When Daisuke Matsuzaka returns from his rehab assignment sometime during the next 10 days, the Red Sox will need to make room for him on the 25-man roster.
At about the same time, Jacoby Ellsbury—sidelined with four fractured ribs—will also be coming off the disabled list, though it may be some time before he can play.
Mike Cameron—now only famous for muffing a simple fly ball—may be gone for months as he faces possible abdominal surgery, but he will return eventually.
As these players find their way back to Fenway, one must ask the question:
Which current players will get the boot?
Not all the candidates possess the requisite options simply to send them down to the minors. Some would have to be designated for assignment, and we all know what that means.
The Hitting and Fielding Dance
In Ellsbury and Cameron’s absence, the hot-hitting and now fan-favorite Darnell McDonald and up-and-coming Josh Reddick have been called up.
When Ellsbury returns, the most obvious choice is to option the young Reddick back to Triple-A Pawtucket.
Reddick has the options.
Assuming this is the move the Red Sox choose to make, the real question becomes: What will happen when Mike Cameron returns?
If everyone else remains healthy, and continues to produce at relatively similar levels, a tough decision could be looming.
As of today, the Fenway faithful would hate to see Darnell McDonald go, and if he continues with the same strike-zone recognition he’s already demonstrated, his early display of dramatics won’t be a flash in the pan.
Should David Ortiz or J.D. Drew—his grand slam aside—continue to struggle between now and Cameron’s return? The Red Sox will have had plenty of time to determine whether these are just early-season doldrums or permanent declines.
Bill Hall would be the most likely candidate to cut if one goes off reputation, but Hall provides much greater defensive flexibility than a career designated hitter like Ortiz.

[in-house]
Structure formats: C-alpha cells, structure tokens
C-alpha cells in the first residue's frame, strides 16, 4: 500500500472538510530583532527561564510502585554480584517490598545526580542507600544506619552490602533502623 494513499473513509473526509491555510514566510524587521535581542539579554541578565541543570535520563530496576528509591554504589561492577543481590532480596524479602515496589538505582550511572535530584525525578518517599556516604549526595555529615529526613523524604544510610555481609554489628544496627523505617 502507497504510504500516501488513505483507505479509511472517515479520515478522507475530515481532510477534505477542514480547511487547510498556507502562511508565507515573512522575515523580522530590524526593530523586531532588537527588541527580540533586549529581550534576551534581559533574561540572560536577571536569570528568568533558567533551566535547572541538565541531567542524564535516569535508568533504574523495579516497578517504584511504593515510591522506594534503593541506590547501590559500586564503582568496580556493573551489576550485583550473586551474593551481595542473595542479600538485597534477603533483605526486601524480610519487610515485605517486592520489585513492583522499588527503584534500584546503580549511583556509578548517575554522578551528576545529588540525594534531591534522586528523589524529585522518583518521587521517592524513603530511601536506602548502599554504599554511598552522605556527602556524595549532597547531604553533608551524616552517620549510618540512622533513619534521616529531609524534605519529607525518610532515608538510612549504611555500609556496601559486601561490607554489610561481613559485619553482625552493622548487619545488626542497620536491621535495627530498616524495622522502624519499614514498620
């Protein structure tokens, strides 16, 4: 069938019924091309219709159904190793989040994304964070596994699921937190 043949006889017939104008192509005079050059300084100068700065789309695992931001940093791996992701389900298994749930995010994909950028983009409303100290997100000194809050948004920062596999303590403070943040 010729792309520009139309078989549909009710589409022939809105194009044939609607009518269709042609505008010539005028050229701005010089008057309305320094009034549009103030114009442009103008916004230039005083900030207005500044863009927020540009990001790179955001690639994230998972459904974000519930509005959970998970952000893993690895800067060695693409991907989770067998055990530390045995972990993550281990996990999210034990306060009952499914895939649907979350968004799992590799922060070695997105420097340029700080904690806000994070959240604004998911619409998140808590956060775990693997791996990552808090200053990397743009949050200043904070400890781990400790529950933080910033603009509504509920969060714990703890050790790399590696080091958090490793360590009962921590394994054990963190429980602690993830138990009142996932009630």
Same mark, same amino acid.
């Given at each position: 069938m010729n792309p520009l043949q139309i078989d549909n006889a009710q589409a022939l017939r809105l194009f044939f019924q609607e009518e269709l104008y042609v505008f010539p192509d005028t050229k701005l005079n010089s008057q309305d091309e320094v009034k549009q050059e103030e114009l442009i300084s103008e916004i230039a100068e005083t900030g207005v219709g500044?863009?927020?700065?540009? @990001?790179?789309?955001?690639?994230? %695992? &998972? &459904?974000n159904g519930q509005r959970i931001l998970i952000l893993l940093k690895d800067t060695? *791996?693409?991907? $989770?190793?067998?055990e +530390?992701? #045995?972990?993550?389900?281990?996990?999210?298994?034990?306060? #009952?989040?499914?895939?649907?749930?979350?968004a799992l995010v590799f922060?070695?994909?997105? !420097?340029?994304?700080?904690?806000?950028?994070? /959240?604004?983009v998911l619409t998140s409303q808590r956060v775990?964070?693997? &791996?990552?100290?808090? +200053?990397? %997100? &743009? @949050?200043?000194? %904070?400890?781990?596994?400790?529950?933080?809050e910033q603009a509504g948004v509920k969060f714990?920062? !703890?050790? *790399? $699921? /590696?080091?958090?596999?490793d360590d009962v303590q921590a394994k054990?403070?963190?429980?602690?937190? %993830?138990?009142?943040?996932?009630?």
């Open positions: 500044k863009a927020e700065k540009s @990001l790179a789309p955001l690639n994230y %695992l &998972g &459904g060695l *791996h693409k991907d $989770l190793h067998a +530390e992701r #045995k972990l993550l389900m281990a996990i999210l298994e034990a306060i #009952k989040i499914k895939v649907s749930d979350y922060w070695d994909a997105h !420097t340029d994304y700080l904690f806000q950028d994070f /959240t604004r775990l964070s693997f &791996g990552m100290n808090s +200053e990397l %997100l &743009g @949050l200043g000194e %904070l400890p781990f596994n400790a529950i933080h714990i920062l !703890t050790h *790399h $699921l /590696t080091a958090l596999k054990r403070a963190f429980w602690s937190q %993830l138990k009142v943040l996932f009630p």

The bottom line is that these injuries could force the Red Sox to make a decision sooner than perhaps they’d like. Then again, perhaps outside influences are necessary when such tough decisions are at hand.
Who will it be? McDonald? Hall? Ortiz? Drew? Lowell?
The Pitching Situation
Daisuke Matsuzaka’s “timely” late start has allowed Clay Buchholz to show off his stuff. Both pitchers throw too many pitches and habitually find themselves making early exits, but Buchholz is pitching much better than the grand Japanese import.
Indeed, anyone who caught Buchholz’ impressive outing Wednesday night would agree he’s again starting to deal like the young phenom Fenway thought would be an ace by now.
Fanning 10 and allowing only three late earned runs in 6 2/3 innings Thursday night, Buchholz may be nearly there. Indeed, on the young season, Buchholz owns a 2.70 ERA over 16 2/3 innings, and he just keeps getting stronger.
Now that—according to Redsox.com—Matsuzaka’s return means Tim Wakefield shifts to the bullpen, one of the current relievers will need to go.
Assuming that Daniel Bard, Hideki Okajima, Manny Delcarmen, Ramon Ramirez, and Jonathan Papelbon are safe, one of the two Scotts—Atchison or Schoeneweis—will need to go.
Which Scott will it be?
Atchison has performed slightly better than Schoeneweis, but the pen needs lefties.
Remove Schoeneweis, and only Hideki Okajima would remain.
Perhaps—as always seems to be the case—someone like Tim Wakefield will mysteriously need a stint on the disabled list when the time comes.
Barring that, would it be Atchison or Schoeneweis?